1. Badler, Charlotte,B.S.N., R.N. (2017). Confronting the opioid epidemic in ambulatory care: Preparing for overdose emergencies.AAACN Viewpoint,39(6), 4-8
This article, written by Charlotte Badler, RN, talks about the benefits of ambulatory care practices or walk-in clinics equipping themselves with Narcan, also known by the generic name of naloxone. Narcan is used as an antidote for substance overdose, such as opioids and illegal street drugs. There is no bias toward this article, as it is backed up by evidence-based practice that lately has been used more often in clinical settings, due to the increase in opioid overdose across the world.
The example used in this article clearly shows that Narcan can be used in any setting to save someone’s life if it’s given in a timely manner. In this case, QSEN (Quality and Safety Education for Nurses) practice demonstrates that if Narcan nasal spray is used, versus the injections, medical staff is protecting themselves by avoiding needle sticks and therefore heightening their exposure to getting infected with diseases such as Hepatitis B and C or HIV (Human Immunodeficiency Virus). The nasal spray works just like its counterpart IM (intramuscular) injection. It should be available in any health setting, to include small clinics, because a person might not have enough time to be taken to a big hospital as it might be far. The article is intended for general knowledge of staff working in smaller clinics. There’s a possibility of them not being sure about their using this medication, because they might not be fully informed of its pros and cons. Not only can they raise awareness and bring it up with their site managers for the possibility of having this life-saving medication on hand; but they’re also advocating for the patient that might walk into their clinic after overdosing and needing their help to save their life. There is the conception that if a person with an overdose walks into a medical clinic, they are more likely to be saved, as staff would initiate life-saving measure and/or have Narcan available for such emergencies.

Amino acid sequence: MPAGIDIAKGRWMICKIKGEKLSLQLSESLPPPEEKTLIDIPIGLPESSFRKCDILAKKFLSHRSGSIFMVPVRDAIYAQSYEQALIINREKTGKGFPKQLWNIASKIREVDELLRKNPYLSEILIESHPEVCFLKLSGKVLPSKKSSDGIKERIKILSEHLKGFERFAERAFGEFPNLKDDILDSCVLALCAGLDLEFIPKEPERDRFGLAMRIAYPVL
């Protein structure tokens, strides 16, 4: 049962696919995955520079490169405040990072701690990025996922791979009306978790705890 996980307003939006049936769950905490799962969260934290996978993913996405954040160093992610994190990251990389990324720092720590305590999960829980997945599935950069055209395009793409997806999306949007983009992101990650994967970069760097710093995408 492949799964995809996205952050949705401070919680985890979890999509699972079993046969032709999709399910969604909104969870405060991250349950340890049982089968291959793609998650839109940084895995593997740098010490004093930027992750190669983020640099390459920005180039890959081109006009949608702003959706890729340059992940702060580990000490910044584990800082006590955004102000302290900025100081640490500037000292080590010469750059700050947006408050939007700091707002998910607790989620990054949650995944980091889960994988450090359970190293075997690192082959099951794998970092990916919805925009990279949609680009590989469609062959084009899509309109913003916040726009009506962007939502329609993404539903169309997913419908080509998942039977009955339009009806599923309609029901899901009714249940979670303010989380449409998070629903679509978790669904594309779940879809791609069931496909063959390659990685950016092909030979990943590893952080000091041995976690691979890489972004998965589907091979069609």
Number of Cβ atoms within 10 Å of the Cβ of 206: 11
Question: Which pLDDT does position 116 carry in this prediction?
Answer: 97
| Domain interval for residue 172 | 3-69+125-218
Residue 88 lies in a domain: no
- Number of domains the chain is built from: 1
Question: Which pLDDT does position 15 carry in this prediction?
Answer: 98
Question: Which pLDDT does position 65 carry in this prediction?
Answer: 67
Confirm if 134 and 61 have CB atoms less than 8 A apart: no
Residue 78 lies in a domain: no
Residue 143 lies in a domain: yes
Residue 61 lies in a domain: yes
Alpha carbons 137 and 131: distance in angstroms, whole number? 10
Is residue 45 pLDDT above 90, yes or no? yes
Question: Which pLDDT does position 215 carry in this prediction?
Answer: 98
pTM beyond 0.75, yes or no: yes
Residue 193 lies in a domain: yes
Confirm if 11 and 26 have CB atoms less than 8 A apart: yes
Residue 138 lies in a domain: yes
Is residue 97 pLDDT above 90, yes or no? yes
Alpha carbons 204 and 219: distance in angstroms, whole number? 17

2. Hashmi, A. M., Han, J. Y., French-Rosas, L., Jabbar, Q., Burhan, A. K., & Shah, A. A. (2018). Benzodiazepine use and abuse.Psychiatric Annals,48(8), 360-365
This article focuses on the increasing abuse of benzodiazepines in the last 8 years. The number of visits to the emergency room have increased by approximately 139%. The article, written by several Medical Doctors and Professor Assistants that specialize in Psychiatry and Behavioral Sciences, explains while Benzodiazepines are effective in treating anxiety disorders, they are highly addictive and can cause death if abused. Their uses range from status epilepticus, anxiety disorders, panic disorders, and alcohol withdrawal. These medications have side effects in common, ranging from fatigue, drowsiness, and lethargy to slurred speech and euphoria. The article also points out that women are prescribed these medications more often than men and abuse is more likely in countries where these medications are not tightly controlled, making it easier to obtain them.
While the focus is to treat the abuse of this medication, this has to be done carefully, as abruptly stopping benzodiazepines can cause withdrawal symptoms to worsen or to affect the patient in a negative way, such as seizures and paranoia. QSEN focuses on minimizing harm to the patient when there in avoidance in worsening the symptoms of withdrawal, but at the same time treating the overdose. The article showed no bias, as this is focused on evidence-based practice and on-gong research. The awareness and education of the abuse of this line of medications can help save a person’s life, due to family and/or caregivers knowing the overdose symptoms of patients taking these medications.
3. Hawk, K., & Gail D’Onofrio. (2018). Emergency department screening and interventions for substance use disorders.Addiction Science & Clinical Practice, 13
In the last couple of decades, screening and identification of patients with substance abuse disorders has been more common. The authors of this article, Kathryn Hawk and Gail O’Onofrio, focused on the evidence that patient identification, rehabilitation referral, and help in overcoming their substance abuse disorder. The screening of these patients can be done by asking a single question or by using one of the tools mentioned in the article. The tools for alcohol are: AUDIT-C, CAGE (Cut down, annoyed, guilty, eye-opener), and NIAAA (National Institute on Alcohol Abuse and Alcoholism). There is also one for substance use: DAST (Drug Abuse Screening Test), and the single question NIDA which asks if in the past year the patient has used illicit drugs or prescription medication for other than a medical reason.
Statistics used in this article showed that physicians having this type of discussion with identified patients has a positive impact, as it can get them to reflect on their current situation. This can gear them towards wanting more information or a referral to for treatment. While not all of the patients will complete the treatment, the chances of them doing it is higher than if they were ignored when they need this help. QSEN practice shows that this intervening in the emergency department can help the patient with making a healthy lifestyle change. This is a good practice to get into, not only for seasoned staff, but for new staff as well. This might help more than a couple of patients make changes in their life that they may otherwise not make alone.
4. Melville, N. A. (2016, November 18). Landmark Surgeon General Report Tackles Addiction